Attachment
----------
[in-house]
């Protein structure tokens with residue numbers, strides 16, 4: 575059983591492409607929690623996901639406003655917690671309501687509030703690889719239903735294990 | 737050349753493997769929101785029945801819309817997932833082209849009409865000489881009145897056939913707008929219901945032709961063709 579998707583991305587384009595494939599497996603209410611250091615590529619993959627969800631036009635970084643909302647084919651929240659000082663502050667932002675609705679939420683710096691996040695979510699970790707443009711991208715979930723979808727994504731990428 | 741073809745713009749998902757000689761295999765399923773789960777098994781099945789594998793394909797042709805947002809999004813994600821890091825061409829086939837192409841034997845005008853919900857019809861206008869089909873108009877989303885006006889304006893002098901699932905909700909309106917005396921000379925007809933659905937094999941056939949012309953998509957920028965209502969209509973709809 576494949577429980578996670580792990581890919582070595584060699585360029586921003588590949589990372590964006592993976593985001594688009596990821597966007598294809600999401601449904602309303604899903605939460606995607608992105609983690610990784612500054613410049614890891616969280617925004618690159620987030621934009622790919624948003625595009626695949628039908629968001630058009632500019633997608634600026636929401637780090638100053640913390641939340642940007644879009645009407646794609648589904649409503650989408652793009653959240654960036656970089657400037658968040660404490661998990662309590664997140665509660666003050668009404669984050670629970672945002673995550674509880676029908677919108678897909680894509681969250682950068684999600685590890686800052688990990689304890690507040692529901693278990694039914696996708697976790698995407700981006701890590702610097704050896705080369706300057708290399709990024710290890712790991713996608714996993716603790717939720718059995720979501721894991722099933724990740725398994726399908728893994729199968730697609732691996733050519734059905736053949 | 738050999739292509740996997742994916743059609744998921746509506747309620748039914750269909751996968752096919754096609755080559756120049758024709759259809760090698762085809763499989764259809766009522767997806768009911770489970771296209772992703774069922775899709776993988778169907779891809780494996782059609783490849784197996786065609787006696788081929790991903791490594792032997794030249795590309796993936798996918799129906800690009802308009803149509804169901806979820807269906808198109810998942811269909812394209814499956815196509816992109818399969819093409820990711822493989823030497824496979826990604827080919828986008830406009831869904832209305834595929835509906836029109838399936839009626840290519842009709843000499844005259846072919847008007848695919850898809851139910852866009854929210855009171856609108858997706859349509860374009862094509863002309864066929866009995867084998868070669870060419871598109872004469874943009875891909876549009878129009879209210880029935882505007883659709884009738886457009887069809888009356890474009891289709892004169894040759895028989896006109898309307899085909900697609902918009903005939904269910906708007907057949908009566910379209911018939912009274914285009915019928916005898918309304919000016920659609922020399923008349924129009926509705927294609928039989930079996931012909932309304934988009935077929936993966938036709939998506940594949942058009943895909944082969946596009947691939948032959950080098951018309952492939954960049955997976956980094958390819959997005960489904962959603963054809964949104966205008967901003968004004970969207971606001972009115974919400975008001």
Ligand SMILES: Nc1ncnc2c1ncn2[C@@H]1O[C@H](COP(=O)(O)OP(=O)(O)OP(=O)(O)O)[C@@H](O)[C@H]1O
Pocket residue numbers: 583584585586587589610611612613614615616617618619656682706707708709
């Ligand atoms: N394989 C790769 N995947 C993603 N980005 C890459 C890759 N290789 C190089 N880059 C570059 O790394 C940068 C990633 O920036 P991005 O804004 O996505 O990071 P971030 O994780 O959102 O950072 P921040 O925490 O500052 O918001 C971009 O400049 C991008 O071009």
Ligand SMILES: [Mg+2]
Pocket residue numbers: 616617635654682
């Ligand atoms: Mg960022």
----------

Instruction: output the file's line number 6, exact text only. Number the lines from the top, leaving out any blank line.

Ligand SMILES: [Mg+2]